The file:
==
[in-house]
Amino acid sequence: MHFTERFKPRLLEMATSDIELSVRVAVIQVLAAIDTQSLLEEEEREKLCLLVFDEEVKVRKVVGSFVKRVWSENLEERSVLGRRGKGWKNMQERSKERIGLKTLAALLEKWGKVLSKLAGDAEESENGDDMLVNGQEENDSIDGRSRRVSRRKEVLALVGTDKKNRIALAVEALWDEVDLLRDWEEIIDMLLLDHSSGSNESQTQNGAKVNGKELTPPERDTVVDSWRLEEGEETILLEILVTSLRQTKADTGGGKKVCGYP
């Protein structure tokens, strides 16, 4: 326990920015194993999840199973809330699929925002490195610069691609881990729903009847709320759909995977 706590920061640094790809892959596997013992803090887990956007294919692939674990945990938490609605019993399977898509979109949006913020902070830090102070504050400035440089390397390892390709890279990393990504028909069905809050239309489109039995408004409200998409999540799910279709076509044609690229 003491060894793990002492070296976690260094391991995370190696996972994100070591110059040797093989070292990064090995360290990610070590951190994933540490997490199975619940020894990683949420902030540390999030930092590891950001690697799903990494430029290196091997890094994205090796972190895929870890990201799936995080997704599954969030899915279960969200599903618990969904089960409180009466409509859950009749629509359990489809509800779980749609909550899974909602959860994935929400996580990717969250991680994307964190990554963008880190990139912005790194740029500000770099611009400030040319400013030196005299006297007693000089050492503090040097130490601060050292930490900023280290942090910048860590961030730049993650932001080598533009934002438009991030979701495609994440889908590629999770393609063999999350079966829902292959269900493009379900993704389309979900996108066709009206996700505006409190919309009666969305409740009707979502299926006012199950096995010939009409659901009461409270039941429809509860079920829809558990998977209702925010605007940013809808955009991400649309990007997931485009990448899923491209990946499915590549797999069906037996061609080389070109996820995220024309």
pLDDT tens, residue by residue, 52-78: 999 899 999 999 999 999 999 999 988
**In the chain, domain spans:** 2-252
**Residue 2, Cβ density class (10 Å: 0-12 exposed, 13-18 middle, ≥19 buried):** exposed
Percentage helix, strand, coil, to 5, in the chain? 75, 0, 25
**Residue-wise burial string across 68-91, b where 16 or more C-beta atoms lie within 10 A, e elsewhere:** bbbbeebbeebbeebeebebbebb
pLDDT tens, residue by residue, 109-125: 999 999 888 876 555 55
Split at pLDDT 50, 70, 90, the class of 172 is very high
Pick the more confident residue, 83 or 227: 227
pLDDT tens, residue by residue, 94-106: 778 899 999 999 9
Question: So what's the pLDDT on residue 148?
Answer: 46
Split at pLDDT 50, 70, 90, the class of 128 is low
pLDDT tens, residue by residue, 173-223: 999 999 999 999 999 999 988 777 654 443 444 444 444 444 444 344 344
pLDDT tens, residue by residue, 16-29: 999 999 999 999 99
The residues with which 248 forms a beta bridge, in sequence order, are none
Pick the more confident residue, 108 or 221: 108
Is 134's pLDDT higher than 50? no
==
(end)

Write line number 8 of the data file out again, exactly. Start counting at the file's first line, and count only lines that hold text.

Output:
**Residue-wise burial string across 68-91, b where 16 or more C-beta atoms lie within 10 A, e elsewhere:** bbbbeebbeebbeebeebebbebb